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I want to make a crontab entry which will run on every weekday except the 1st, 2nd, and 3rd of each month. Here's what I have:

45   8,12,16 4-31 * 1-5  my_program

I thought that this had the following meaning:

minutes:      45 past the hour
hours:        8, 12, and 16
day of month: 4th to 31st inclusive
month:        all
day of week:  Monday to Friday inclusive

That is what I read in the crontab(5) manual page. However, I can see that the job ran at 08:45 today, Monday 2nd October. I am certain the crontab file was loaded correctly (and crontab -l shows it); it wasn't changed recently. The system date and time as shown by date is also correct.

What am I missing to make sure my cron job only runs from the 4th onwards? I am using Fedora Linux:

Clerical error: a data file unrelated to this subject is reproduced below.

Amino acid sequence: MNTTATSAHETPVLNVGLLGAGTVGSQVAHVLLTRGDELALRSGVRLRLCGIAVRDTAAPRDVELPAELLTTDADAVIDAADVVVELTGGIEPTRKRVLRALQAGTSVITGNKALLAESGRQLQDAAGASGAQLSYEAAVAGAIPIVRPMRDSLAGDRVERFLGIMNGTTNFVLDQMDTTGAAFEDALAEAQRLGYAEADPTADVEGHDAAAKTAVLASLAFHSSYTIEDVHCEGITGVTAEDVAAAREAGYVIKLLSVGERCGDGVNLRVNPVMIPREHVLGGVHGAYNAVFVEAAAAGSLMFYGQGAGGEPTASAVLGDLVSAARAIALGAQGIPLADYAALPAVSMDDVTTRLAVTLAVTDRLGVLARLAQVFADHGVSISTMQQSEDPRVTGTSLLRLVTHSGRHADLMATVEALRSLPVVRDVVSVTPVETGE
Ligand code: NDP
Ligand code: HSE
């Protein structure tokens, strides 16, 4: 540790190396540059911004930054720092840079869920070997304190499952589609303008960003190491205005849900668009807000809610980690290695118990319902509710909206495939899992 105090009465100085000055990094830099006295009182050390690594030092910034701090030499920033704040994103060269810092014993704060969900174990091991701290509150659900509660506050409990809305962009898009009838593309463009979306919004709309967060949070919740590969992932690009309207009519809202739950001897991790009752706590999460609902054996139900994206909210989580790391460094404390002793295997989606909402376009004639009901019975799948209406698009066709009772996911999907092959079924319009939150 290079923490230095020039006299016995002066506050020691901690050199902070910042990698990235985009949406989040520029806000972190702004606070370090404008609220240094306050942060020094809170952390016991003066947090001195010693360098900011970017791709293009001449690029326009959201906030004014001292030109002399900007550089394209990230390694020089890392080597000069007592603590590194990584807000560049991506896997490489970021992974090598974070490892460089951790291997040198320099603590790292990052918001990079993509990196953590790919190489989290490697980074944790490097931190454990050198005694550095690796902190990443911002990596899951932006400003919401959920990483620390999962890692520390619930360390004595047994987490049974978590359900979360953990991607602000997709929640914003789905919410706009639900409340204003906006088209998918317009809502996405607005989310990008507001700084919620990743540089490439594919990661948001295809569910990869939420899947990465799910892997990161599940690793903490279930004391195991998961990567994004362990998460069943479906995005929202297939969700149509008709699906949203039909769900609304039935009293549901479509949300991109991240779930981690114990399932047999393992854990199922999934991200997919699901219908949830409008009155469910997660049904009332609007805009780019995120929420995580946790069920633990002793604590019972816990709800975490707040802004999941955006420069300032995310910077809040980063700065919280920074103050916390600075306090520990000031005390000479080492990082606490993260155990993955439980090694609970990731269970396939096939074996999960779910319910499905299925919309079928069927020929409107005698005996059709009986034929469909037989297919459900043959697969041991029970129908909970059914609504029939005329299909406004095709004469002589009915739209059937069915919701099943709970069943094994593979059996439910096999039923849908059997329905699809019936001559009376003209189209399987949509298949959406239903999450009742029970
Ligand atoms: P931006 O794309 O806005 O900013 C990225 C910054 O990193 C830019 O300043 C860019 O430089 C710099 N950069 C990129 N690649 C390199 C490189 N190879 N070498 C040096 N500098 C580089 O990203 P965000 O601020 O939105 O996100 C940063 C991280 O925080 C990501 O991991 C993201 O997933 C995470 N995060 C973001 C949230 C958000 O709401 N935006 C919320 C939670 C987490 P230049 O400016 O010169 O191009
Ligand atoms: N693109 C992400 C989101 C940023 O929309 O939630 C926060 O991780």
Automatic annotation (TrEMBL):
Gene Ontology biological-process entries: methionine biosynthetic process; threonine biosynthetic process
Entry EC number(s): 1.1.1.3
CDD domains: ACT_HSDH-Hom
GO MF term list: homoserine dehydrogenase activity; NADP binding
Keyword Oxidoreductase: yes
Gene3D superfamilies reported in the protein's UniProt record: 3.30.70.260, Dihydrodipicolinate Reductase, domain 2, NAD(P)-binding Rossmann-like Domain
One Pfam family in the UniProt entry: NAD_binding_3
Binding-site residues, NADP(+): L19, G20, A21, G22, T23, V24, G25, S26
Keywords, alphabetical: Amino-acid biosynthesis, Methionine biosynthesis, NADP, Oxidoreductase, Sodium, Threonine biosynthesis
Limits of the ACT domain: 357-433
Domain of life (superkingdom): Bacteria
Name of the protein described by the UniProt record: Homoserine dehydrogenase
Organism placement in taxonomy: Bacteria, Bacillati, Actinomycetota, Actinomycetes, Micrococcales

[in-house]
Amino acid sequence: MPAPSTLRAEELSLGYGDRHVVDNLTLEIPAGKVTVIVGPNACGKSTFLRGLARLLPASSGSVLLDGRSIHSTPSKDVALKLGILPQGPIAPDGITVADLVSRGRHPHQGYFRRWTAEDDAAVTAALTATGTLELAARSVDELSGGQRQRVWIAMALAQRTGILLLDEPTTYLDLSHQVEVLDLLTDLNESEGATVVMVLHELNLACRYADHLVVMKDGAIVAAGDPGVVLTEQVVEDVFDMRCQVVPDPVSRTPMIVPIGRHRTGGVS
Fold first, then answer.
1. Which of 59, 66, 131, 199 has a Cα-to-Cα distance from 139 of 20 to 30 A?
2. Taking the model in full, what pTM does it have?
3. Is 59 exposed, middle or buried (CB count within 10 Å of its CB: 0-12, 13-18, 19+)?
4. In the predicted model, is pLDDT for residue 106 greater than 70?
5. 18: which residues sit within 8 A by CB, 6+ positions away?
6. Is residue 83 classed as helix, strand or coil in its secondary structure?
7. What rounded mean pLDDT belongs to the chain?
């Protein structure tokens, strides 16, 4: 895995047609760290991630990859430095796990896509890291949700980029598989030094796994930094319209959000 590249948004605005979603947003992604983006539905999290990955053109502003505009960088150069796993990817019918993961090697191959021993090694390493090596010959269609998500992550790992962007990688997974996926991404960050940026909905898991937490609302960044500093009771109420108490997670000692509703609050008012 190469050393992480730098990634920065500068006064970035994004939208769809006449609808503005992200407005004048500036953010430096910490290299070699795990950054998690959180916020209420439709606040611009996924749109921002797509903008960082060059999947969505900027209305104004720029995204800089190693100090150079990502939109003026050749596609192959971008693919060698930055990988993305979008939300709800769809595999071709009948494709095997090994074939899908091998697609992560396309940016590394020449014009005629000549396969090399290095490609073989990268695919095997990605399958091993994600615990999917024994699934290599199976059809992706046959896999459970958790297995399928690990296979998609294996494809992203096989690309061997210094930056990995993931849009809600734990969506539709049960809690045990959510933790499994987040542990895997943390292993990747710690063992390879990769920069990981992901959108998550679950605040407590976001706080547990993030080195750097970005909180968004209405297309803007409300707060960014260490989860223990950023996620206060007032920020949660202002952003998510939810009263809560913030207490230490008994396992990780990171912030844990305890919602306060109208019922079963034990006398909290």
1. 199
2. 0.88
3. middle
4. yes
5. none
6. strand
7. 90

% rpm -qf `which crontab`
cronie-1.5.0-3.fc23.x86_64
% rpm -q fedora-release
fedora-release-23-1.noarch
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From crontab manual:

Note: The day of a command's execution can be specified by two fields — day of month, and day of week. If both fields are restricted (i.e., aren't *), the command will be run when either field matches the current time. For example, ``30 4 1,15 * 5'' would cause a command to be run at 4:30 am on the 1st and 15th of each month, plus every Friday. One can, however, achieve the desired result by adding a test to the command (see the last example in EXAMPLE CRON FILE below).

The mentioned example looks like this:

0 4 8-14 * *    test $(date +\%u) -eq 6 && echo "2nd Saturday"

So in your case it would be like this (not tested):

45   8,12,16 4-31 * *  test $(date +\%u) -lt 6 && my_program
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  • 2
    Thanks -- what a strange little wrinkle in the crontab semantics! In the end I will just run it on all days of the week, since I don't care much about that but I do want to avoid start of month. – Ed Avis Oct 2 '17 at 11:22

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